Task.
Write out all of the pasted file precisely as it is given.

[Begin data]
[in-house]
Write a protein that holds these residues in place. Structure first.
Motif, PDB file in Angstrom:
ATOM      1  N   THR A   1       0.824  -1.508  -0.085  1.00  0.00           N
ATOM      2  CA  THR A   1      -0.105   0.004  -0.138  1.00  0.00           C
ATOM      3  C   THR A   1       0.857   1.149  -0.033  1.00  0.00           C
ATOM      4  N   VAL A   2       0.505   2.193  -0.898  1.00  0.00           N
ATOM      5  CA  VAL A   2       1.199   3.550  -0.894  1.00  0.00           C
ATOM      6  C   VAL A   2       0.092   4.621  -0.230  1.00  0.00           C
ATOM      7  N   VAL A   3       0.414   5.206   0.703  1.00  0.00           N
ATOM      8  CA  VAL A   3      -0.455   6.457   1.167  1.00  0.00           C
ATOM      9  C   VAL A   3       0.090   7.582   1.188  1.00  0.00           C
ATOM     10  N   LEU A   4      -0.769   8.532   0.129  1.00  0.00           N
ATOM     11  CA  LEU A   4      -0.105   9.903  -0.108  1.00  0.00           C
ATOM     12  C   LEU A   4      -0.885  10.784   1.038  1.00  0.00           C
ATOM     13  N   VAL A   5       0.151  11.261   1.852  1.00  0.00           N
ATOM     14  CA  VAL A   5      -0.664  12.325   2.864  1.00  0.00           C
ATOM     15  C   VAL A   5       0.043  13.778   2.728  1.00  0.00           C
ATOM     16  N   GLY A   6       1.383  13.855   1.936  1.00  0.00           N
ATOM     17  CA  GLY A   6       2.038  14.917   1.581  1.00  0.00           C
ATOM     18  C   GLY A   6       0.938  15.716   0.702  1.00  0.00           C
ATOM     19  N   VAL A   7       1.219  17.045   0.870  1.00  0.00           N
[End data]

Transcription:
[in-house]
Write a protein that holds these residues in place. Structure first.
Motif, PDB file in Angstrom:
ATOM      1  N   THR A   1       0.824  -1.508  -0.085  1.00  0.00           N
ATOM      2  CA  THR A   1      -0.105   0.004  -0.138  1.00  0.00           C
ATOM      3  C   THR A   1       0.857   1.149  -0.033  1.00  0.00           C
ATOM      4  N   VAL A   2       0.505   2.193  -0.898  1.00  0.00           N
ATOM      5  CA  VAL A   2       1.199   3.550  -0.894  1.00  0.00           C
ATOM      6  C   VAL A   2       0.092   4.621  -0.230  1.00  0.00           C
ATOM      7  N   VAL A   3       0.414   5.206   0.703  1.00  0.00           N
ATOM      8  CA  VAL A   3      -0.455   6.457   1.167  1.00  0.00           C
ATOM      9  C   VAL A   3       0.090   7.582   1.188  1.00  0.00           C
ATOM     10  N   LEU A   4      -0.769   8.532   0.129  1.00  0.00           N
ATOM     11  CA  LEU A   4      -0.105   9.903  -0.108  1.00  0.00           C
ATOM     12  C   LEU A   4      -0.885  10.784   1.038  1.00  0.00           C
ATOM     13  N   VAL A   5       0.151  11.261   1.852  1.00  0.00           N
ATOM     14  CA  VAL A   5      -0.664  12.325   2.864  1.00  0.00           C
ATOM     15  C   VAL A   5       0.043  13.778   2.728  1.00  0.00           C
ATOM     16  N   GLY A   6       1.383  13.855   1.936  1.00  0.00           N
ATOM     17  CA  GLY A   6       2.038  14.917   1.581  1.00  0.00           C
ATOM     18  C   GLY A   6       0.938  15.716   0.702  1.00  0.00           C
ATOM     19  N   VAL A   7       1.219  17.045   0.870  1.00  0.00           N